In spite of all I was feeling, and surely relaying to poor Sadie who had a 6th sense about those things, she must have realized that this ride on this day was different. Perhaps it was seeing every earthly thing she owned in the vehicle with her, I don't know. She just jumped in the back seat as if it was the most naturally thing in the world, something she didn't do well even when she would go camping and ghost towning.

My husband and I drove her the near mile down the street to Eric's house. Sadie had never been there before, but she jumped out of the 4Runner and walked in his house and went out to his yard as if it were hers. And truly it was now, but the actions from her were so unusual, this was our Sadie...the abused rescued puppy, part chow, part golden retriever, who was a one couple dog, who wouldn't hurt a flea, but barked at everyone and was distant to them, even if she had seen them a hundred times in her life.

To make the transition easy, we stayed at Eric's for the evening, and Sadie settled in to a big back yard twice the size of hers, and with grass instead of dirt! We gorged on a big pot of homemade chili Colorado Eric cooked up special for us, then watched a couple of movies on his DVR. All three of us nearly forgot what we had originally come to his house for.

Then the time was over and it was time to go. I held back the tears and my breath once again, and I swallowed hard as I looked out the big sliding glass doors. I wanted to hug her and tell her it was ok, she was with her human brother now and he loved her and would take could care of her like we did. And she could still come for doggie visits to see Jake. I would babysit her here when need be. But she was off exploring her new yard and didn't notice me looking through those sliding glass doors, so I let it be, and went home to almost two year old Maggie Moore Ho Dog who had wished her in the cornfield, and to 14 year old Jake, who would miss her, but get over it and needed to live his last years with his Mommy and Daddy. Thank goodness the cornfield was Eric's, and Sadie liked the cornfield!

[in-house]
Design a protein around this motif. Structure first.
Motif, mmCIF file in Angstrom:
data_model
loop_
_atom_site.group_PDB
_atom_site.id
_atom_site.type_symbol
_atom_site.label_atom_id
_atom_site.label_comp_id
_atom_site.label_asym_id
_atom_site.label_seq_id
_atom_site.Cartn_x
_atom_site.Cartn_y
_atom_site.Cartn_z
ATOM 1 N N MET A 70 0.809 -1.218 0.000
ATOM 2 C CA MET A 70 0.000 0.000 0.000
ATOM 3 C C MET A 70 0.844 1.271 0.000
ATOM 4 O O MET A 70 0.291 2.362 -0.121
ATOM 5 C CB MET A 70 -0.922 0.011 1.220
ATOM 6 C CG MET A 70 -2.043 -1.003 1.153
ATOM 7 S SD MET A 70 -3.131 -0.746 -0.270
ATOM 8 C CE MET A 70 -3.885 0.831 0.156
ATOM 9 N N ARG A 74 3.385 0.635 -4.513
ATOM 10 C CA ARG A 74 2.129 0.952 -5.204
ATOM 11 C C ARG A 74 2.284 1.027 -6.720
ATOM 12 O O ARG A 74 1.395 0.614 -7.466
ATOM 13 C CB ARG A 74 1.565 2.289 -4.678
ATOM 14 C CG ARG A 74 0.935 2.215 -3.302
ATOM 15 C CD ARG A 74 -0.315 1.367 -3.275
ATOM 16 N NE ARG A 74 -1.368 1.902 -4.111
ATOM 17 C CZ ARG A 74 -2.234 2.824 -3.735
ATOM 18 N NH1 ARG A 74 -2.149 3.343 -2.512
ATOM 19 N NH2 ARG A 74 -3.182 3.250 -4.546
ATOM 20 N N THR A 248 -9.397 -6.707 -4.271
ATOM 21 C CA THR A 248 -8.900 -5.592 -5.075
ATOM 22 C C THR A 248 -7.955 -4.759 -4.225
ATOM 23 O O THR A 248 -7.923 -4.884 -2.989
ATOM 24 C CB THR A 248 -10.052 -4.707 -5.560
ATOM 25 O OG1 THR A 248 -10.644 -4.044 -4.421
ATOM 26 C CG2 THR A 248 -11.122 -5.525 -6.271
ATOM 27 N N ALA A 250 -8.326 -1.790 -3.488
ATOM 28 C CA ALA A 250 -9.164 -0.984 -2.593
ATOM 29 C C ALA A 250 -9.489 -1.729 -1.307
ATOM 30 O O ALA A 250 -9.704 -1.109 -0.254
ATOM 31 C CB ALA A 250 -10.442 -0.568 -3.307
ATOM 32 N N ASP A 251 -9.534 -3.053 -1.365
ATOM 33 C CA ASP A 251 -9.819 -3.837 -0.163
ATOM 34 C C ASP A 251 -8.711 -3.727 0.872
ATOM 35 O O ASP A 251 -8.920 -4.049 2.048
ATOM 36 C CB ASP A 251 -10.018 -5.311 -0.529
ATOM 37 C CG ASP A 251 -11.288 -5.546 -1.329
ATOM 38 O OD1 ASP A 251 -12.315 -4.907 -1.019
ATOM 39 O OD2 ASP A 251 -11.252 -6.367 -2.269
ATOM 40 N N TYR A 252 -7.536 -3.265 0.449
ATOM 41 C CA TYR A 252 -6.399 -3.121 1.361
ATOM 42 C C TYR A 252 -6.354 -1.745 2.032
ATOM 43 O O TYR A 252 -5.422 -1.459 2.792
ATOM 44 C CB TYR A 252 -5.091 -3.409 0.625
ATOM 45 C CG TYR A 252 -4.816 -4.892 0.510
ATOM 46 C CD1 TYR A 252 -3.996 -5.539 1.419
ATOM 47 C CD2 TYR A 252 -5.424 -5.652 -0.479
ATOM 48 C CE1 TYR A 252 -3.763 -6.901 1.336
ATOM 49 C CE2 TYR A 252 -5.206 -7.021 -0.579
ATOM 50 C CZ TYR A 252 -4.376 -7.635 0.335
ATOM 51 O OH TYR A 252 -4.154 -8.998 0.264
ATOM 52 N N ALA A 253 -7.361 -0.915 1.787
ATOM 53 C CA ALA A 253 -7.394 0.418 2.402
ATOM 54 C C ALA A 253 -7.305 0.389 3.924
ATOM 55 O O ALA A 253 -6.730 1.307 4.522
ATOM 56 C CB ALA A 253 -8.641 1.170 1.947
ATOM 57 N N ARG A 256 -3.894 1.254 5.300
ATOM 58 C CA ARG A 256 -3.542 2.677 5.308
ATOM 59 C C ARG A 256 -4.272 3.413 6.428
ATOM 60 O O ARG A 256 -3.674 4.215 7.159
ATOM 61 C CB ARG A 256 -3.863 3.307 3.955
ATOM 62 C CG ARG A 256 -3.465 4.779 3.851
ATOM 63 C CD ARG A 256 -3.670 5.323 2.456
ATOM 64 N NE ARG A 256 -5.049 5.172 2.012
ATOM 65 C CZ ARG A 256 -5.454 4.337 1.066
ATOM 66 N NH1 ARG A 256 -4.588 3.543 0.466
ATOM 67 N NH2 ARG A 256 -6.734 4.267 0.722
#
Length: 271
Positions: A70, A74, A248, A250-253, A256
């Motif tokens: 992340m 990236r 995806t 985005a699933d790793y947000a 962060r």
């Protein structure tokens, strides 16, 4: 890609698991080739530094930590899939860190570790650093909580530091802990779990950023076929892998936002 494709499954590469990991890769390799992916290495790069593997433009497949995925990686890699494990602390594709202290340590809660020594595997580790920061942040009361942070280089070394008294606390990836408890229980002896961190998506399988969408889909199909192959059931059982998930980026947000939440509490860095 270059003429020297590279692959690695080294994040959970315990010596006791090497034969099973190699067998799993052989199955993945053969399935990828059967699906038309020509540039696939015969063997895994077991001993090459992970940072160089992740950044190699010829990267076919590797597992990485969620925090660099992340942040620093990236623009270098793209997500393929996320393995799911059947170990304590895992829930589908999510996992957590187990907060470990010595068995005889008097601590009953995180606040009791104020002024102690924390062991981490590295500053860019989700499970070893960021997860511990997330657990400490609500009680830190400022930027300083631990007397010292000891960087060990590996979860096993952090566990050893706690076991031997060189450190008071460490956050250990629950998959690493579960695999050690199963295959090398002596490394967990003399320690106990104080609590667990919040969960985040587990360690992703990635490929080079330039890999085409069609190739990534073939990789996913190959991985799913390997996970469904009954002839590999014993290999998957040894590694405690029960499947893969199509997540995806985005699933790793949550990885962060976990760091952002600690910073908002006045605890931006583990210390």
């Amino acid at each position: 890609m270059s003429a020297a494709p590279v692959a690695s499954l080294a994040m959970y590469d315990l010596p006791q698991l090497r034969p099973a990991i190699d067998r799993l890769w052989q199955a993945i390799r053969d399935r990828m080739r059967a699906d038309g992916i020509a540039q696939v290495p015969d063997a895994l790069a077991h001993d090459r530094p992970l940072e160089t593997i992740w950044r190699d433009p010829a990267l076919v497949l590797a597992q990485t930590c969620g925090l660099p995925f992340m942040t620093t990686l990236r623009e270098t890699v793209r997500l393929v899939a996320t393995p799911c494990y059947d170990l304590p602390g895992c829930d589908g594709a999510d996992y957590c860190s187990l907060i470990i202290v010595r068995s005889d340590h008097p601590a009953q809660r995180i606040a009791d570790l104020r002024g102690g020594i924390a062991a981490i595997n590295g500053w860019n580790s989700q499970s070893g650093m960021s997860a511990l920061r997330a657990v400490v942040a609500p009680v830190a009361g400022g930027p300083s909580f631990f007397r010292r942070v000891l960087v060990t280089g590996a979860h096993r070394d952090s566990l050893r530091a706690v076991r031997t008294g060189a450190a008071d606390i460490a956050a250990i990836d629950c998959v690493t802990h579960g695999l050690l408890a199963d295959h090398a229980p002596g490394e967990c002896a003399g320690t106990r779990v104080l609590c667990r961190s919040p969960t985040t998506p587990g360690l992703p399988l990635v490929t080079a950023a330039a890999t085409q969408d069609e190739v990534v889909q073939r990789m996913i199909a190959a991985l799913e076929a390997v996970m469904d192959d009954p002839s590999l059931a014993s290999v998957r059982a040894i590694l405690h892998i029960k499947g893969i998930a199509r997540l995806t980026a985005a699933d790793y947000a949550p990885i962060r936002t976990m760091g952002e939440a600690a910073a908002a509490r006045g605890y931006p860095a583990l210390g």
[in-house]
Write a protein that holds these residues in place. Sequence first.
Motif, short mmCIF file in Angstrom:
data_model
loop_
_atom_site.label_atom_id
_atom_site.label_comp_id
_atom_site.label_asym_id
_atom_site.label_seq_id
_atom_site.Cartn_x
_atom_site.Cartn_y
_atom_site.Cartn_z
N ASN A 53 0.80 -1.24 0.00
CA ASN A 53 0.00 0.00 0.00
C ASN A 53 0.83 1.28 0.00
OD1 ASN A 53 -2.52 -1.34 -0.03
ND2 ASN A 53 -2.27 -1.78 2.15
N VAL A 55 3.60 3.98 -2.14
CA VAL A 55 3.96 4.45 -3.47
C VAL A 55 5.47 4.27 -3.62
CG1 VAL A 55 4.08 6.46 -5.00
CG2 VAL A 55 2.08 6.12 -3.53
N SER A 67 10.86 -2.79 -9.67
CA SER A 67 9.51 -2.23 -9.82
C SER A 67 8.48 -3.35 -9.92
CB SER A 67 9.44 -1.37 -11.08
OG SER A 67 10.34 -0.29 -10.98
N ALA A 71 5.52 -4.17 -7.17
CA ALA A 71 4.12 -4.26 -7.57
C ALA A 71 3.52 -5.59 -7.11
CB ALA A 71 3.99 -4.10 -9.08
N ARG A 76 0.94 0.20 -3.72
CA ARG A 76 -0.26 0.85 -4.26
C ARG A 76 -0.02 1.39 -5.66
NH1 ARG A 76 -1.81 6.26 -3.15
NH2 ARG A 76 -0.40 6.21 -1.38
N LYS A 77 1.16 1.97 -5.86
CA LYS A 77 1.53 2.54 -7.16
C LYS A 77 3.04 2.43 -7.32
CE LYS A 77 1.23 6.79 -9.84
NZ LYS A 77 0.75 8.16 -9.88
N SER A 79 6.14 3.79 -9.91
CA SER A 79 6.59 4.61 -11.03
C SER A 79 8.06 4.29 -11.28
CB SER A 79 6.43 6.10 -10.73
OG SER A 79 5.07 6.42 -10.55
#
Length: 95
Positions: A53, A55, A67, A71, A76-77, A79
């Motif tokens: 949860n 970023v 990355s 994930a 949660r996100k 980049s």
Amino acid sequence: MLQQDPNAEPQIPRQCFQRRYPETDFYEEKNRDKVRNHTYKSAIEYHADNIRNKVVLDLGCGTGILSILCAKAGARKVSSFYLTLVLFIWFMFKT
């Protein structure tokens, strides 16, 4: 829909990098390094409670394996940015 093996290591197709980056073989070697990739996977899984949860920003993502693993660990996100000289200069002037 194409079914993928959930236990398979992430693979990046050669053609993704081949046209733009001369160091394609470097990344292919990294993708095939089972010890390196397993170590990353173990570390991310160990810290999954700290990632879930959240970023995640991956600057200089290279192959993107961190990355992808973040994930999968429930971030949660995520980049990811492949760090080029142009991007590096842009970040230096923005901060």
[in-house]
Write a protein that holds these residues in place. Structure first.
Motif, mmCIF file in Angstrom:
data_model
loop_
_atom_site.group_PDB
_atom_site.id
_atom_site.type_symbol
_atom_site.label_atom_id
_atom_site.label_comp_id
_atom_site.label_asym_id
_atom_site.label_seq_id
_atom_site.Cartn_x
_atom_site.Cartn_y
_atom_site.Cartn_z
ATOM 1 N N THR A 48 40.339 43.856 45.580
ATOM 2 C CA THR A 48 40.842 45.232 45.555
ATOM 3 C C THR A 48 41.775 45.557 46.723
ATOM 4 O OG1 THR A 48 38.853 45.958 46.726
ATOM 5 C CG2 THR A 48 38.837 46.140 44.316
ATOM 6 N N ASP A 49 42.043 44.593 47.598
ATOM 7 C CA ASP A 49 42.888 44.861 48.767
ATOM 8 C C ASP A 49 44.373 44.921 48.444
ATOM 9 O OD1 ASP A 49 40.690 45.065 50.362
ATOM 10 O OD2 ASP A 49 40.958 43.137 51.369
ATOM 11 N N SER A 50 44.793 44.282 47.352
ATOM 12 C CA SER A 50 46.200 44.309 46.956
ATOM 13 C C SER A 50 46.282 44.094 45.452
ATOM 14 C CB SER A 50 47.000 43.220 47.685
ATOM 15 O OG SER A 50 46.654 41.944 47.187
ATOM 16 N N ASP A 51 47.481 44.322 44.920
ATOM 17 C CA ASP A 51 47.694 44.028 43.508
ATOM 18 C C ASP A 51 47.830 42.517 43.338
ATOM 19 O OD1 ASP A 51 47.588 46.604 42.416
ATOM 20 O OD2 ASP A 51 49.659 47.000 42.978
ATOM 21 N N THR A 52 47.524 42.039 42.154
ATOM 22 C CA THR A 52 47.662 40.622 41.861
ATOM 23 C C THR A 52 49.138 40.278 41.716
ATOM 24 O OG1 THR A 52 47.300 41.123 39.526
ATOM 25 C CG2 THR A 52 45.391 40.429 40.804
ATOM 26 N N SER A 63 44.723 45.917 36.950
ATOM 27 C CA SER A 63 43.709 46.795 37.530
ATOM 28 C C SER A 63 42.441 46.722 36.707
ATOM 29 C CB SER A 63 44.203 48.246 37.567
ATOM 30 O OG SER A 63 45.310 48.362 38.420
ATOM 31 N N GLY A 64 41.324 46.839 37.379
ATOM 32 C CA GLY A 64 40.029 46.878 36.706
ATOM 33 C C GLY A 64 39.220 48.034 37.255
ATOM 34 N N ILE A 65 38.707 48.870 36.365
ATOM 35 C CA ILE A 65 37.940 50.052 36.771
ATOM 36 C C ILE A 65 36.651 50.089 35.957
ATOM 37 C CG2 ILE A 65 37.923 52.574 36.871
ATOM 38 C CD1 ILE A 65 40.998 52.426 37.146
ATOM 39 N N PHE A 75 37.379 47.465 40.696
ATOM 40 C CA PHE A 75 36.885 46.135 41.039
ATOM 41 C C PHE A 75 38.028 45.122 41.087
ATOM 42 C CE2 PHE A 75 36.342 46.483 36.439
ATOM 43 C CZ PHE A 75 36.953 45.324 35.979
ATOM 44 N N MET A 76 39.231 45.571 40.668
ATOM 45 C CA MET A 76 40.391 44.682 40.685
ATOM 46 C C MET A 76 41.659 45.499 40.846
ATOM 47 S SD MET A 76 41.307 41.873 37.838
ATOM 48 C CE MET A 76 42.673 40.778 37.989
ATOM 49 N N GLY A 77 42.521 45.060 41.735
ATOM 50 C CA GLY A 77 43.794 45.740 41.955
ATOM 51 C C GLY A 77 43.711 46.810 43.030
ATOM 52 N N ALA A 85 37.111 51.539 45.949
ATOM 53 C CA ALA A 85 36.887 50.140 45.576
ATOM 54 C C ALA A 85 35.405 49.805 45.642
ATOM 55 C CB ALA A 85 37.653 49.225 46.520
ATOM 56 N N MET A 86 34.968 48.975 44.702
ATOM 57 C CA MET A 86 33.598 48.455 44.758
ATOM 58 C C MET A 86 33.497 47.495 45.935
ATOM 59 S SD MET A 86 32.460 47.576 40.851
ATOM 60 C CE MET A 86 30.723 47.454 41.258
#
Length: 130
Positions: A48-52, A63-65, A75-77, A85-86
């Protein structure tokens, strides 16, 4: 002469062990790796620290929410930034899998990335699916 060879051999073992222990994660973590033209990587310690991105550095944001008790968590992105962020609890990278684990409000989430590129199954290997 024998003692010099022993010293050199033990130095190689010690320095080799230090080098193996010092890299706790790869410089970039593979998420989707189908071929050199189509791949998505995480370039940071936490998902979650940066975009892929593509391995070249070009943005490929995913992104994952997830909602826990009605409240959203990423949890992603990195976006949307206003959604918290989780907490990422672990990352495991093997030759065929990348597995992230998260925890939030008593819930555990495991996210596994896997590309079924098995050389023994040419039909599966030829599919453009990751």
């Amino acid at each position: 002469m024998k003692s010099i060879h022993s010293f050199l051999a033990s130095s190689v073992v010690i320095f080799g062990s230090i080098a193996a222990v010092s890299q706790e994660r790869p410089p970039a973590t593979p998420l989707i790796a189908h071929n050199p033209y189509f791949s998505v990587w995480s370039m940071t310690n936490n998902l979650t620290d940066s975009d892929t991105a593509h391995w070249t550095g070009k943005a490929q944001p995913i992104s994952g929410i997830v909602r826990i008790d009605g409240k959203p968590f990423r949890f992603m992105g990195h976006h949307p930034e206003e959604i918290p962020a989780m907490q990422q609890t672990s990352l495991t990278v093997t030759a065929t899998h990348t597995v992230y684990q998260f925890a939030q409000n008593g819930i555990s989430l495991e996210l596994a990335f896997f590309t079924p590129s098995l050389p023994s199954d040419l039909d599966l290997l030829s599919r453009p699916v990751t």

It was tough for Sadie at first. Eric worked long hours and was gone a lot, and she was left there with Eric's roommate, a complete stranger to her. She barked all day unless someone was there. She probably barked all day for a month of days, and then she got over it. The dog that was fearful of people and kids, and loud noises, got used to it. The first bash, on New Year's scared her, particularly the loud music coming from the DJ. She tucked her tail in between her legs as she walked around, and she occasionally barked at the strange people gyrating on Eric's floor to the strange sounds. But she got used to it for the most part, and handles the strange people and the noises pretty well now. Thank goodness, because Eric and housemates like frequent bbq's and bashes.

 Over the weekend, a year later, Eric brought Sadie to us to see Jake. He was having a big party, anyway, and while Sadie is used to it all, it was still a stressful for her. So we happily played musical dogs with Sadie and Maggie for a day and a night and it was good. The next evening Eric arrived in his bikini topped Jeep and picked her up and loaded her in it and she went home again. Hard to imagine her in that open Jeep not jumping out, as she used to jump out of the 4Runner when I didn't want her to, if we wouldn't let her out to ghost town with us. But while this was all a new experience this bikini top Jeep riding, Sadie took it in stride and calmly sat down on the seat beside Eric as he drove her back to her new life in the safety of the cornfield that Maggie Moore Ho Dog had wished her in, and somehow it all seemed right and meant to be.